Saturday, December 18, 2010

Sci-Fi Weirds Me Out by Brad Bridges

Week 51--December 19-25
Scripture Reading:1& 2 Peter; 1,2 & 3 John; Jude; 
Proverbs 27-29,devotion key: 1 Peter 1

“Really!” I said. We were going to watch a movie. This was a big deal for me.

I grew up in a simple town. Outside my house there were trees, grass, cows, and that’s about it. Day to day life consisted of one’s job, helping out on the farm, spending time with family, and playing/watching sports. We lived so far out in the country; we could not get cable TV (now it’s possible through satellites). My family didn’t watch movies.

Friends were calling to see who all was going. A couple adults were going too (we were minors). They were technically in charge. They drove. They made the decisions. We simply wanted to see a movie.

On the way, everyone discussed what we would watch. Would it be a drama? Sports? Scary? Sci-Fi? It seemed like no one cared. We planned to get popcorn, cokes, and an assortment of candy. There would be no sleeping during this movie.

We arrived. Walked to the ticket booth. Then the intense discussion began. We teenagers let our opinions be known. The adults had different ideas. The adults trumped. We walked in bruised but not beaten. After all, we were at the movies.

After getting snacks, we entered the theatre. It was filled. We anxiously waited. The movie began. It was pure Sci-Fi.

Some people enjoyed the movie (probably too much). Others wondered how they paid that much money for a Sci-Fi flick. I was annoyed. I wanted to watch something based in reality. The movie was about worlds I never even cared to imagine.

I’ll be honest. Sci-Fi weirds me out. Not because I’m not open to creativity nor am I trying to complain. But futuristic, otherworldly stuff is just that, otherworldly (i.e. not part of my worldview).

As I was reading 1 Peter 1 today it reminded me of this movie experience. 1 Peter 1 talks about a present (vs. 3) and a future hope (vs. 13). I’m a lot better at demanding life to be hopeful now than I am trusting in a future hope. But the author of the passage goes even further.

He asks us to live as foreigners (vs. 17). To me that just sounds weird. How can I feel at peace in this world if I’m supposed to live as a foreigner? Anyway, when I live as a foreigner it means that I have to let go of my demand to improve the present.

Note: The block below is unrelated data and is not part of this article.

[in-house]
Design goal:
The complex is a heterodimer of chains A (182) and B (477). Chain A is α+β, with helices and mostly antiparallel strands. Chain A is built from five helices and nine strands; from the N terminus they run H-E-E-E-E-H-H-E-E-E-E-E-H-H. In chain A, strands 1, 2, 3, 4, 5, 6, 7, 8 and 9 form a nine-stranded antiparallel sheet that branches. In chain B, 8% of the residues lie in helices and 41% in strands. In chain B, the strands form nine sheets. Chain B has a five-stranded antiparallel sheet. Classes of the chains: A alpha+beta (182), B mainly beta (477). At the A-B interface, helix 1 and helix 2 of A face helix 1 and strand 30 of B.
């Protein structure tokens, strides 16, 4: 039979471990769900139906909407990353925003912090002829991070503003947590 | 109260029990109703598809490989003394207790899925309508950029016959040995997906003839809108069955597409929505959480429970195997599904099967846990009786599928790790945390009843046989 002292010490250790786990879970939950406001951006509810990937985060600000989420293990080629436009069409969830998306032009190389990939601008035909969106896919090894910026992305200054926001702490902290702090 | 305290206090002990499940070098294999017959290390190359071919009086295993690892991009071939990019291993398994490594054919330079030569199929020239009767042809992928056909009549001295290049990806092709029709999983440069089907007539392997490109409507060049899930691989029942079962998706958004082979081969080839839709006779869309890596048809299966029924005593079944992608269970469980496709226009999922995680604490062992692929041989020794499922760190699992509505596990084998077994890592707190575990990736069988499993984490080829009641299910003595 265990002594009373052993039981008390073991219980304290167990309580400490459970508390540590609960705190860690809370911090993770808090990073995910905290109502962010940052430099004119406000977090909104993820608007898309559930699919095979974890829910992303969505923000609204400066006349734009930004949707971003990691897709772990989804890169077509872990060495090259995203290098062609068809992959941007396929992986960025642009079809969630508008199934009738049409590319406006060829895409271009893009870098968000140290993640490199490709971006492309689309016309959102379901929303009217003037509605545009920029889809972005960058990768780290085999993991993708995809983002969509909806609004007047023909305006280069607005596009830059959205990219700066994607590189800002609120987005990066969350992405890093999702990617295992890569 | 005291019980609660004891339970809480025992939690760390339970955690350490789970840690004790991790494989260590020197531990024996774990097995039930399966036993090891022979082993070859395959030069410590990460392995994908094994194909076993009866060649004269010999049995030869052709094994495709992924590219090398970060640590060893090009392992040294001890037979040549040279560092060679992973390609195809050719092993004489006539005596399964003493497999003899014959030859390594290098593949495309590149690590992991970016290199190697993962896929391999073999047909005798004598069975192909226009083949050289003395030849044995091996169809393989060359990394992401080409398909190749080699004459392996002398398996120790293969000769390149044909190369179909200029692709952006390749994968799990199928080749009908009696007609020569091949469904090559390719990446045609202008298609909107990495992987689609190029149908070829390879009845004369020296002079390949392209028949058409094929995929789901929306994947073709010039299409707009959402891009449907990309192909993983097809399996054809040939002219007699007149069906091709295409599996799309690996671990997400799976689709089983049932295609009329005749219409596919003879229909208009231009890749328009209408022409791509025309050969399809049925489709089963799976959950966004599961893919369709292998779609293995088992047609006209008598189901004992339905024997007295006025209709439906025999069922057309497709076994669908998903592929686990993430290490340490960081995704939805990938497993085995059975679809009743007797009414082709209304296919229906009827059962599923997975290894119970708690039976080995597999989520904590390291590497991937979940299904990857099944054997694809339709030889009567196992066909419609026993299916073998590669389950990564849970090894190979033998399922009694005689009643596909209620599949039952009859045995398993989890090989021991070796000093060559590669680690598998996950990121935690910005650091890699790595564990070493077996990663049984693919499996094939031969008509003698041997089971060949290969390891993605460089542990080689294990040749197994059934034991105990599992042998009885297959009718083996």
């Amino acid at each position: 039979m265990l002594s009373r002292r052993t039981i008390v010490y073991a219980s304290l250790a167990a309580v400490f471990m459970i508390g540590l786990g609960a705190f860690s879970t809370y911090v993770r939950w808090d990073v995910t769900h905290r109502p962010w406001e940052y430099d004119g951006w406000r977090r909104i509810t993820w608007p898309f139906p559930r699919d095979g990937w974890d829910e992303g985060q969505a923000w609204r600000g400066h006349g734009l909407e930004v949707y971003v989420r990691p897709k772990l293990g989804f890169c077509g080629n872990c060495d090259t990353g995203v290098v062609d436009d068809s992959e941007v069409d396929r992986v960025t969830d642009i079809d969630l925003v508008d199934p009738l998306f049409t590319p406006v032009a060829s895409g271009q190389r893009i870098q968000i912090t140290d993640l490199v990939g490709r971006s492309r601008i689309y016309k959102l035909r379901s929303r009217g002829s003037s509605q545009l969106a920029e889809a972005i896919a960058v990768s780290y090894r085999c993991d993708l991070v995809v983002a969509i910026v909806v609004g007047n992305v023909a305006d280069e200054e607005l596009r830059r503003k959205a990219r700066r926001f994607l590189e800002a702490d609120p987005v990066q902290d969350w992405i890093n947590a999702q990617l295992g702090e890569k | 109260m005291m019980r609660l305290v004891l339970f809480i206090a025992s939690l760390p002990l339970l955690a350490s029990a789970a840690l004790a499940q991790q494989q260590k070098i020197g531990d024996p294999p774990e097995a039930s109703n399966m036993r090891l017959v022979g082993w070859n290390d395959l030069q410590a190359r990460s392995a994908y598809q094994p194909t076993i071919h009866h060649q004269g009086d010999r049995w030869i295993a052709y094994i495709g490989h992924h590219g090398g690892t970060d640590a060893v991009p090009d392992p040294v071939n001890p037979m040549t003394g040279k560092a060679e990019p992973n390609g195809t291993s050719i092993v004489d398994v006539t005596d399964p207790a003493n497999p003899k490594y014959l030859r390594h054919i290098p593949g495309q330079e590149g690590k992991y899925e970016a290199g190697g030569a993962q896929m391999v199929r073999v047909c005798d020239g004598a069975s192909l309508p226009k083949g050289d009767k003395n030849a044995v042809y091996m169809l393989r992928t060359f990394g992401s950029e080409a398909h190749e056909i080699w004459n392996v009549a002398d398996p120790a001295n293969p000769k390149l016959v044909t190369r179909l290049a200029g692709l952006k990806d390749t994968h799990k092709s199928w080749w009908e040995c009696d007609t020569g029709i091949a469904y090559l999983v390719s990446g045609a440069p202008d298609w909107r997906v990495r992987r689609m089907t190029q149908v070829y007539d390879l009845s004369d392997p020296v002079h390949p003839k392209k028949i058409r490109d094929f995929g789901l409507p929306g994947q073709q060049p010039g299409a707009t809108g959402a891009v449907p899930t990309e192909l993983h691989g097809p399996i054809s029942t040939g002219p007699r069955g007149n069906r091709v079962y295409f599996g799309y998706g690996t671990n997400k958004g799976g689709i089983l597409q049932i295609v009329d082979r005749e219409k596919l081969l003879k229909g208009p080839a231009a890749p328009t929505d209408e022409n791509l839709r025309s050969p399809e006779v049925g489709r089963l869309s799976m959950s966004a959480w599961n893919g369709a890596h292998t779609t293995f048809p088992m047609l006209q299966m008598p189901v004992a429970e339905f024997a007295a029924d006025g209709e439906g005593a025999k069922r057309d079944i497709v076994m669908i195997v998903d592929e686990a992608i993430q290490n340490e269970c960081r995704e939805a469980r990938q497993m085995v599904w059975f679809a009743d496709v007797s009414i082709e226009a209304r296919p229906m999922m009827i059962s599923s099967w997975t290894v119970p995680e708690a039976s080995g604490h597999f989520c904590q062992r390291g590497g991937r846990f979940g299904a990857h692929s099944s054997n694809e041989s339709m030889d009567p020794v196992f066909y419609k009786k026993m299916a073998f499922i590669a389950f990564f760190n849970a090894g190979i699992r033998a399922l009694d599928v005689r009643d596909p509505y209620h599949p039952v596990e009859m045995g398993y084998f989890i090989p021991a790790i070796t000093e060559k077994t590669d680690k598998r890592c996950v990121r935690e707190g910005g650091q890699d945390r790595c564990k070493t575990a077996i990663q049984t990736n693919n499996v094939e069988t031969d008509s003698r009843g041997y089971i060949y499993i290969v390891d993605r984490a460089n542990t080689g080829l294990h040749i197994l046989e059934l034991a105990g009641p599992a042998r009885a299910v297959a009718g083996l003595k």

That’s exactly it. I prefer instant gratification. Don’t we all? Why delay all the joy when we can have it now? Because Scripture tells us to. Ouch.

The reason I struggle with Sci-Fi is not because it’s a bad genre. I struggle to imagine “other worlds.” Reality, the present, and human beings all make more sense to me.

My point is not that we all should like Sci-Fi (I doubt I ever will). But that living as foreigners focused on our future hope in Jesus Christ feels awkward. We may think it’s too far off. Our thoughts may struggle to connect. It may cause us to feel disoriented in the present.

Yet, just like the group of teenagers at the movies, we don’t get to decide every aspect of our lives. We’re left trusting in a future hope as we live as foreigners. The dynamic tension of being in the world but not of it, rarely feels resolved. Although other-worldliness feels detached and weird like a Sci-Fi movie, spiritually our future hope in Jesus Christ is more real than documentary, drama, or action. It’s actually all of those. It’s our reality.

Brad loves Tarheel basketball, pork BBQ, and listening to Jack Johnson, bluegrass, and classical music. He and his wife Lindsey spend their time snuggling their new daughter Shiloh and serving as Cross-cultural servants of Crossroads in Uruguay. Interact with Brad on Facebook, Twitter, or their Website/Blog.

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